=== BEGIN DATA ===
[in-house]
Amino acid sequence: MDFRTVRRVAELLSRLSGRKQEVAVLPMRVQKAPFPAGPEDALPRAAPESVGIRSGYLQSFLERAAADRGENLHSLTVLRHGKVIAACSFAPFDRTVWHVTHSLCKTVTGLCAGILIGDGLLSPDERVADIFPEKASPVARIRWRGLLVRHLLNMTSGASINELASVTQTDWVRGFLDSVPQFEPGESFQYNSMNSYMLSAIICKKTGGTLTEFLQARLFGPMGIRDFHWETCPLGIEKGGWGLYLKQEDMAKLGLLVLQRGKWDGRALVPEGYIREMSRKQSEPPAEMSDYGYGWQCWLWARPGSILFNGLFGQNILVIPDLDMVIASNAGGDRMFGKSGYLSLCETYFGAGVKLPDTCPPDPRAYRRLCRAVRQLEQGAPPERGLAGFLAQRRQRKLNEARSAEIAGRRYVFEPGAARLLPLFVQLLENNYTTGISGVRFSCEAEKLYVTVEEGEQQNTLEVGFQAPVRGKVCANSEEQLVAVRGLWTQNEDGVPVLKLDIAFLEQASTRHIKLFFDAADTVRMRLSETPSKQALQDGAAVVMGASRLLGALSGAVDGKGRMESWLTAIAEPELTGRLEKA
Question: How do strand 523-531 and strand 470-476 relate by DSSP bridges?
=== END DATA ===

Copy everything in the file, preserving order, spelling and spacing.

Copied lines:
[in-house]
Amino acid sequence: MDFRTVRRVAELLSRLSGRKQEVAVLPMRVQKAPFPAGPEDALPRAAPESVGIRSGYLQSFLERAAADRGENLHSLTVLRHGKVIAACSFAPFDRTVWHVTHSLCKTVTGLCAGILIGDGLLSPDERVADIFPEKASPVARIRWRGLLVRHLLNMTSGASINELASVTQTDWVRGFLDSVPQFEPGESFQYNSMNSYMLSAIICKKTGGTLTEFLQARLFGPMGIRDFHWETCPLGIEKGGWGLYLKQEDMAKLGLLVLQRGKWDGRALVPEGYIREMSRKQSEPPAEMSDYGYGWQCWLWARPGSILFNGLFGQNILVIPDLDMVIASNAGGDRMFGKSGYLSLCETYFGAGVKLPDTCPPDPRAYRRLCRAVRQLEQGAPPERGLAGFLAQRRQRKLNEARSAEIAGRRYVFEPGAARLLPLFVQLLENNYTTGISGVRFSCEAEKLYVTVEEGEQQNTLEVGFQAPVRGKVCANSEEQLVAVRGLWTQNEDGVPVLKLDIAFLEQASTRHIKLFFDAADTVRMRLSETPSKQALQDGAAVVMGASRLLGALSGAVDGKGRMESWLTAIAEPELTGRLEKA
Question: How do strand 523-531 and strand 470-476 relate by DSSP bridges?